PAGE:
“No one is on the periphery of God’s story”. That’s how the pastor at the church I attended last Sunday started his very well delivered message. And what a great message it was! He went on to explain that no matter who you are, God wants to use you to spread the light of Jesus to […]
Recently, the phenomenon of “locker room talk” among men about women has made national headlines. This has kick-started a new wave of awareness about the pervasiveness of sexual assault against women. All this has provided an occasion for me, and I am sure many other women, to relive a moment when a stranger grabbed me in exactly the way described in this “locker room talk.” I was twelve and walking with my Mom and older sister. As a group of older teenage boys walked by, one of them pretended to bump into my shoulder and as he did, he grabbed me between the legs—not an accidental brush but a deliberate, unmistakable grab. My mother and sister had no idea and we just kept walking. I was too stunned to respond. But I had already learned that this was the kind of thing boys do.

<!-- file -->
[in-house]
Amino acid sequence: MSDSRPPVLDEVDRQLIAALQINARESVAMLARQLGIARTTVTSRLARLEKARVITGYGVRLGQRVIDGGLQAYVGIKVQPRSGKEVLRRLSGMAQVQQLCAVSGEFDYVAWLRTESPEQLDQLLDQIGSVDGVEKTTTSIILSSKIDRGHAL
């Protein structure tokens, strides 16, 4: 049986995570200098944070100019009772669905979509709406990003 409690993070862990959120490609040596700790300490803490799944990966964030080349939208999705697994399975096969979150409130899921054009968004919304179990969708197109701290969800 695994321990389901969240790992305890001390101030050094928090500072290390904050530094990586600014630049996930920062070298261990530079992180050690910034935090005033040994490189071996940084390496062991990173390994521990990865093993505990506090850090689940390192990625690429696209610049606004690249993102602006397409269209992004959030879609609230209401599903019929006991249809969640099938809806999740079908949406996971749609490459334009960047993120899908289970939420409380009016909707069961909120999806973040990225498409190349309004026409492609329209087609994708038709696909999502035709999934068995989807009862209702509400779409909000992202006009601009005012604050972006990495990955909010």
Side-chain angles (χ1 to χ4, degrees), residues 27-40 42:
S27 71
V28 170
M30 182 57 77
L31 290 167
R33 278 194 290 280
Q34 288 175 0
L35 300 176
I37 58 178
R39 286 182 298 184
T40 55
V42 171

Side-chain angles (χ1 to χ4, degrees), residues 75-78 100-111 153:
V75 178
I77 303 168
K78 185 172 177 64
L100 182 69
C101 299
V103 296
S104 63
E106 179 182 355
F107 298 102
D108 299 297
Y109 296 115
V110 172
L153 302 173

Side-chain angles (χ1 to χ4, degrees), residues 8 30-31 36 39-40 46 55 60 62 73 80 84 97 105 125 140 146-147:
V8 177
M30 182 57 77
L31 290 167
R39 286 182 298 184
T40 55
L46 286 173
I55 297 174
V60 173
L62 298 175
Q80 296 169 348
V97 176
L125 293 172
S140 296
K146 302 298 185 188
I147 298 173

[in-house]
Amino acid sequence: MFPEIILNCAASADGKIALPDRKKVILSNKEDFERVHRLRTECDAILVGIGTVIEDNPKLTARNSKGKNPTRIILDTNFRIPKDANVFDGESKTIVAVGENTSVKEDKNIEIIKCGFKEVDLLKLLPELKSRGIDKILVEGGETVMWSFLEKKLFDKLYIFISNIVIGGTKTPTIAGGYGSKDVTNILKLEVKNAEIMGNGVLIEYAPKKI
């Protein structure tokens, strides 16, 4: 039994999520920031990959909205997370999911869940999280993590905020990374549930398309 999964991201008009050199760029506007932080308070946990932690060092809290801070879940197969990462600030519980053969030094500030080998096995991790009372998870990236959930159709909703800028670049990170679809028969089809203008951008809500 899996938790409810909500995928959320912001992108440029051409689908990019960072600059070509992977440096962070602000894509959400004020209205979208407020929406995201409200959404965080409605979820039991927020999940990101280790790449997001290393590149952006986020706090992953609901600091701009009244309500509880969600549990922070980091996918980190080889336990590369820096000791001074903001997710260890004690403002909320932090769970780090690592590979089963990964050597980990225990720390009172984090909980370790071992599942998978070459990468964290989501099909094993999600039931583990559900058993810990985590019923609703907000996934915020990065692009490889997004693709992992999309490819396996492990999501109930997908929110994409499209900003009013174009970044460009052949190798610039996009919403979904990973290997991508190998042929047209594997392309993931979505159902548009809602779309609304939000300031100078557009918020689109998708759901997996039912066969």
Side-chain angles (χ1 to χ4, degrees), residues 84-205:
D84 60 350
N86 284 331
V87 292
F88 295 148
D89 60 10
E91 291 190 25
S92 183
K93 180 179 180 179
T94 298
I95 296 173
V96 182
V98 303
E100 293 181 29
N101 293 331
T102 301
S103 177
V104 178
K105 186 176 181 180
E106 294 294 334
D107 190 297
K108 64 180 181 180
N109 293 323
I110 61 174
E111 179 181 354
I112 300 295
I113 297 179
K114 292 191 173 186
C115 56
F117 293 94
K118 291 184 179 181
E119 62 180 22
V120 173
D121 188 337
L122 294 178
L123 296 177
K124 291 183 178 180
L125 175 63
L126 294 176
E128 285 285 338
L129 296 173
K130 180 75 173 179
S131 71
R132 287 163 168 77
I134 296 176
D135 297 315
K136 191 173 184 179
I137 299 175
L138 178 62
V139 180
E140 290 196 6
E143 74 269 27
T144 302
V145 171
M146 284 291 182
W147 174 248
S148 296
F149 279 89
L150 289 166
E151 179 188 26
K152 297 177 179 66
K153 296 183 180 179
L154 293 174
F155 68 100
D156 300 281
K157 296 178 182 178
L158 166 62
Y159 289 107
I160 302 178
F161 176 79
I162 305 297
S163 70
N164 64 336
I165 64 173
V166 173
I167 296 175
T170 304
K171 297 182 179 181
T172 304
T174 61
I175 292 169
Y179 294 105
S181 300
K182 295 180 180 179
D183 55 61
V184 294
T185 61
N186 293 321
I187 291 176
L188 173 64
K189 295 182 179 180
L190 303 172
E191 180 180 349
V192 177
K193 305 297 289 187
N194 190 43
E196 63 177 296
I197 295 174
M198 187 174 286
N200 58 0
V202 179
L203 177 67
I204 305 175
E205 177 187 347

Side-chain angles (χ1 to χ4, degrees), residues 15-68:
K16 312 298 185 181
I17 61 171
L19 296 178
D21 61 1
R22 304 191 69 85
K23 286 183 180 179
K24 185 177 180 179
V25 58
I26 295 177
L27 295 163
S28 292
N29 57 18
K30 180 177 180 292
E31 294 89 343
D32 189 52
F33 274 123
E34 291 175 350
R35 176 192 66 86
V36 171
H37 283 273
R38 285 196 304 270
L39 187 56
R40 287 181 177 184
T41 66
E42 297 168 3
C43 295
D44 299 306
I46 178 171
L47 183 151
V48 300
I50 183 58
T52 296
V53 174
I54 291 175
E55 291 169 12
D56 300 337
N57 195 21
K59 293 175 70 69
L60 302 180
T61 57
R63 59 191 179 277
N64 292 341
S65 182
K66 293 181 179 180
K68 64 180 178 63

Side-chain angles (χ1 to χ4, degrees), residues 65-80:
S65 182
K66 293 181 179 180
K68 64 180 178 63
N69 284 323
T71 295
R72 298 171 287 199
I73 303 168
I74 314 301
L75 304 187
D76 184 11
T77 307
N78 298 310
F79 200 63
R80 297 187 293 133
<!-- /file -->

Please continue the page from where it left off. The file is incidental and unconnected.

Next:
Earlier this year we shared a guest post titled “Why I’m at a Church That Doesn’t Support Gender Equality”. The post led to a robust discussion of the pros and cons of staying versus leaving. Today a seasoned leader shares a consequence of staying in a complementarian church that did not come up in earlier discussions and is worth considering.
“The work of a pastor is fashioned after the work of a shepherd who watches over, protects, nurtures, encourages, and loves the sheep. When a sheep wanders off and is hurt, the good shepherd runs after that one and guides or carries it to safety. If a lamb is caught in a crevice the good shepherd does whatever is necessary to free the lamb and heal its wounds. The good shepherd sings to the flock at night soothing their souls encouraging peace. When danger encroaches, the good shepherd chases away the enemy even fighting or killing them if necessary. The good shepherd has eyes on each member of the flock at all times for their betterment, safety, and joy. Jesus is our example of the good Shepherd.
After 40+ years of serving in teaching, preaching, and leading capacities I’ve accepted the fact that pastors and leaders who do not believe in women ministering in these ways will simply not shepherd women in their spiritual development. We’re on our own there.”
Most church planting conferences, books, and leaders that I interact with assume that church planters will be male. Moreover, there are some movements such as Act29 and others which highlight that men are the ones who must be starting churches and all the marketing around those movements focus on encouraging men to plant.